It’s A Kia Carnival In Rio
The new Rio is designed and conceived at the Kia Research and Development Centre at Russelsheim in Germany and styled under the watchful eye of chief design officer Peter Schreyer.
The legendary Schreyer worked at Audi for more than 25 years. He first joined Audi in 1978 and was responsible for one of the most acclaimed cars of recent years, the original Audi TT. So his design credentials are impeccable. Since then he has worked his magic for Kia and this is evident in the latest Kia Rio which, some say, is setting the benchmark in the highly competitive B-segment of the market. Now the new Rio has made its way to our shores and was launched last week in Gauteng.
We attended the world launch in Europe a few months back and were as impressed then as we are now. At the time we weren’t too sure about the feedback from the steering in the left-hand drive European model, but found nothing to gripe about in the right-hand model which is available here.
A few years back the Hyundai/Kia group was hellbent on being the world’s top passenger car seller, but no more. The company has reached the magic two million global sales mark and wisely took note of other companies who were also chasing the number one spot. However, quality suffered and these companies were beset by recalls and other related problems. Not Hyundai/Kia. They realised that being number one was not their major objective; quality and a contented customer were what they were after. The Korean company capped production at two million.
Ray Levin, chief executive of Kia Motors South Africa, was upbeat about the Rio at the launch. “The new Kia Rio model is not an evolution of its predecessor, it’s a revolution. It’s extremely attractive with a fresh feeling of sportiness – a car that people will want to buy for its new looks, generous features and environmental credentials,” said Levin.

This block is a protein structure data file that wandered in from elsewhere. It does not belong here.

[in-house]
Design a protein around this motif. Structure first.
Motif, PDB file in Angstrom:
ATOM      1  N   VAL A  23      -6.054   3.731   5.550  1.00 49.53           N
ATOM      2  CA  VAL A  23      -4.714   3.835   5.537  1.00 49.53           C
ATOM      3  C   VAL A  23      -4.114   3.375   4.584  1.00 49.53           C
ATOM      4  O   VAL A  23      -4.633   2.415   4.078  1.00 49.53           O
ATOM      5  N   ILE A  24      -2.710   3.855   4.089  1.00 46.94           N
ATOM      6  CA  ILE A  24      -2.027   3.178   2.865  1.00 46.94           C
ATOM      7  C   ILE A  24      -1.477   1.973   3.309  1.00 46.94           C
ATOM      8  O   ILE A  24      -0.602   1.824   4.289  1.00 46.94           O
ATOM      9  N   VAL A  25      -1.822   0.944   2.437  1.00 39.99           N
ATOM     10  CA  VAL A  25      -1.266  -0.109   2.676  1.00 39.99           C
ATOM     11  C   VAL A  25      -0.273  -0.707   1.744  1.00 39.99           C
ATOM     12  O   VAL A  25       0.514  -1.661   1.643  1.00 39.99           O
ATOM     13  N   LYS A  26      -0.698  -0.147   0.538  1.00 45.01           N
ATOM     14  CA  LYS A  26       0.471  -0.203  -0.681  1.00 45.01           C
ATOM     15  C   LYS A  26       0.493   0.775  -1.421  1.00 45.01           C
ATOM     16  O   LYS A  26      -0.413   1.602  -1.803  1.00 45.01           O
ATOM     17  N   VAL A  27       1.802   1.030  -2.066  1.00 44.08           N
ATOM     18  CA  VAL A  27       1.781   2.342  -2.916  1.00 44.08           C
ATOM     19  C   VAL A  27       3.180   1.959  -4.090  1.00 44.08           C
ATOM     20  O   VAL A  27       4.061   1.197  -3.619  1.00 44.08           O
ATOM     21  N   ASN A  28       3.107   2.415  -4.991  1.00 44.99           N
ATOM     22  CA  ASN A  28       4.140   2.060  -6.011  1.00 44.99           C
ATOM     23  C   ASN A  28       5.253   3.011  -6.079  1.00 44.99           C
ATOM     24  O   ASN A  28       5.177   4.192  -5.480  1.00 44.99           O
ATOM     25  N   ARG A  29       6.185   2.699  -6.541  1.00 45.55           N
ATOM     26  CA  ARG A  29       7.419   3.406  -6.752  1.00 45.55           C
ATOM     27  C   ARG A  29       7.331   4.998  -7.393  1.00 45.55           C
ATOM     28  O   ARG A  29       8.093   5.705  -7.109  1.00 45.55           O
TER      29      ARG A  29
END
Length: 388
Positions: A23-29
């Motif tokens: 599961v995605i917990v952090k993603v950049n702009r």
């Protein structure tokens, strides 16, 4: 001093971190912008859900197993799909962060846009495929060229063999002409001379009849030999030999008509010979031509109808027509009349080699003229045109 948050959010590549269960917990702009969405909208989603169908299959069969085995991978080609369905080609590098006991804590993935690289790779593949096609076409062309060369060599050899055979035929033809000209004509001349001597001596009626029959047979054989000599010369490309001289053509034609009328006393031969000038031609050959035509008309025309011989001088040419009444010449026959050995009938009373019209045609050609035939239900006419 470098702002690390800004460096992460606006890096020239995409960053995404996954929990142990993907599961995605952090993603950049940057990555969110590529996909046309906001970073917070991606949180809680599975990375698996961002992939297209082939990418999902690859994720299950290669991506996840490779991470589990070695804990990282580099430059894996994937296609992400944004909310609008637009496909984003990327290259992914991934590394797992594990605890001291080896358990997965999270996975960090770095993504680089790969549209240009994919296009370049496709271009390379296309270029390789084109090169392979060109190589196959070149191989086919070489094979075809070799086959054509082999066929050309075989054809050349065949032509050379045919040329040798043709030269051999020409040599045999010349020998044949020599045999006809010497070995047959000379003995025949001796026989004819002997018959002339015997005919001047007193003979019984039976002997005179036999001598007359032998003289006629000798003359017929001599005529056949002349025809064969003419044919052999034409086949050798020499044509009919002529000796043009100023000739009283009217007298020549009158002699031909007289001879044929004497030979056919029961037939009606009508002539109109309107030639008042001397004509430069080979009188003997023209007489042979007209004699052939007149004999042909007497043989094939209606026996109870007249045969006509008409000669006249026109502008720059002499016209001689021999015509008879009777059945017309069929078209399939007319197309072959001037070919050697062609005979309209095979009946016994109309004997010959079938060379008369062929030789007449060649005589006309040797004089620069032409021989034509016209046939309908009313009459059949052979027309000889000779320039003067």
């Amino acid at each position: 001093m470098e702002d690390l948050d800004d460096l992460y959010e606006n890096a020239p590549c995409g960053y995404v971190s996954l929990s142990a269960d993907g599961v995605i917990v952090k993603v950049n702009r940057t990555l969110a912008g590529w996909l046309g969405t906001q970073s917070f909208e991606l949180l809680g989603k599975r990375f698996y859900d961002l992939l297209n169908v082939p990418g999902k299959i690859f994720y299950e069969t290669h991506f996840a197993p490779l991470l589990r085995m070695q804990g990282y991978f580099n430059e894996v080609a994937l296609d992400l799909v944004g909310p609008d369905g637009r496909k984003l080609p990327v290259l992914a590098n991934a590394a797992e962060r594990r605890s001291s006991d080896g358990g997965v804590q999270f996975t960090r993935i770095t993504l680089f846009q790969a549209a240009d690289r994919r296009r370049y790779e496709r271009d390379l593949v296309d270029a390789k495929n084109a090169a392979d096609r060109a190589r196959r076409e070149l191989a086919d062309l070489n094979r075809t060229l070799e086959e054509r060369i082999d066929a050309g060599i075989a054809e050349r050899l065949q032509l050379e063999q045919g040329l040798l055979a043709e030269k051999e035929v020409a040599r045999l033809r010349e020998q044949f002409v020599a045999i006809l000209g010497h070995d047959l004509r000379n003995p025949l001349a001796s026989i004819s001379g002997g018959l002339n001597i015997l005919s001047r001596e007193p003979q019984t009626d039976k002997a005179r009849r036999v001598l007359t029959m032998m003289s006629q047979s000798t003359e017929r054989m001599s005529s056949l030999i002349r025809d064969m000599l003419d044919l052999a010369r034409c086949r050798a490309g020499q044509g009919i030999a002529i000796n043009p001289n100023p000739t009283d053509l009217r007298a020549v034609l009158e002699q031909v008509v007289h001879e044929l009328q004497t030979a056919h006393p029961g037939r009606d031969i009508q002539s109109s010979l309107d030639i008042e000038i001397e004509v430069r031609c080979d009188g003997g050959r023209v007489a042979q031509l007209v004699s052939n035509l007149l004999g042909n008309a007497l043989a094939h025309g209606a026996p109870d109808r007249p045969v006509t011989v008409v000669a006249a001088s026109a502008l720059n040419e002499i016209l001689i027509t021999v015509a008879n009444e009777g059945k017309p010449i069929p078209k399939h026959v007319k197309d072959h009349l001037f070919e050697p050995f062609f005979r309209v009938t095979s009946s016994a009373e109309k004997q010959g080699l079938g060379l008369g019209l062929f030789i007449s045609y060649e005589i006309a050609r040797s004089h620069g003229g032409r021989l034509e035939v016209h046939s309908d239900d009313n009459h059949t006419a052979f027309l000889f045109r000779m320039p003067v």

Levin said Kia’s market research predicted that global demand for B-segment cars was going to grow significantly over the next two years as consumers shifted to more economical, more fuel-efficient cars – downsizing to offset the continuous rise in fuel prices.
Analysts forecast that global demand for B-segment cars will climb to 9.2 million units in 2012 and to 14 million units by 2014. “Today Kia has a relatively low profile in the B-segment. Now with the new Rio, we are set to attract a host of new customers to Kia showrooms and it will appeal to a much wider demographic than before. The new Rio offers feature levels only seen on the C-segment and upwards,” said Levin.
The Rio will be sold in South Africa with a choice of two body styles (five-door and four-door sedan) with the five-door available now and the four-door from early 2012.
The five-door comes with two petrol engines (1.2 and 1.4 litre) and three derivatives (1.2, 1.4 and 1.4 TEC). It is longer, wider and lower than its predecessor and features a wheelbase extended by 70mm – greatly enhancing passenger space and cargo capacity. With an overall height of 1,455mm, the vehicle is one of the lowest cars in Kia’s global product range.
To lower fuel consumption, engineers carried out an extensive programme to shed weight across a broad range of components. As a result, although the new Rio is a significantly larger car than the third-generation model it replaces, with extra equipment, its weight-gain has been kept to a minimum.
On the road the 1.4 model which we drove was more than adequate for the Highveld conditions and what can be expected from a B-segment car. Fittings and finishes are good with more than the average bells and whistles for the gadget geek.
Previously Kia made its mark in South Africa solely on price. However, quality, price and customer satisfaction are now the company’s main focus, and with more than R100-million in the pipeline for development of infrastructure and dealer networks and, importantly, training, the new Kia Rio is at the forefront of the drive for increased sales.
Watch the Rio fly off dealers’ showroom floors!
It’s a great little car.
Engine (1.2): Kappa, DOHC, four-cylinder, dual CVVT/ 1,248cc
Power: 65kW @ 6,000rpm
Torque: 120Nm @ 4,000rpm
Acceleration: 0 to 100km/h in 13.1 sec
Top speed: 168km/h
Fuel cons: 5.4 l/100km
Engine (1.4): Gamma, DOHC, four-cylinder, dual CVVT/1,396cc
Torque: 135Nm @ 4,200rpm
Acceleration: 0 to 100km/h: Manual 11.5 sec; Automatic 13.2 sec
Top speed: 183km/h man, 170km/h auto
Fuel cons: 6.4 l/100km man, 7.0 l/100km auto
CO2: 151g/km man, 165g/km auto
1.2 man: R136,995
1.4 man: R154,995
1.4 auto: R164,995
1.4 TEC man: R168,995
1.4 TEC auto: R178,995
The very competitive prices
We don’t like:
Having to look for faults. It would be churlish!
Author: Bobby Cheetham
Source: Times Live
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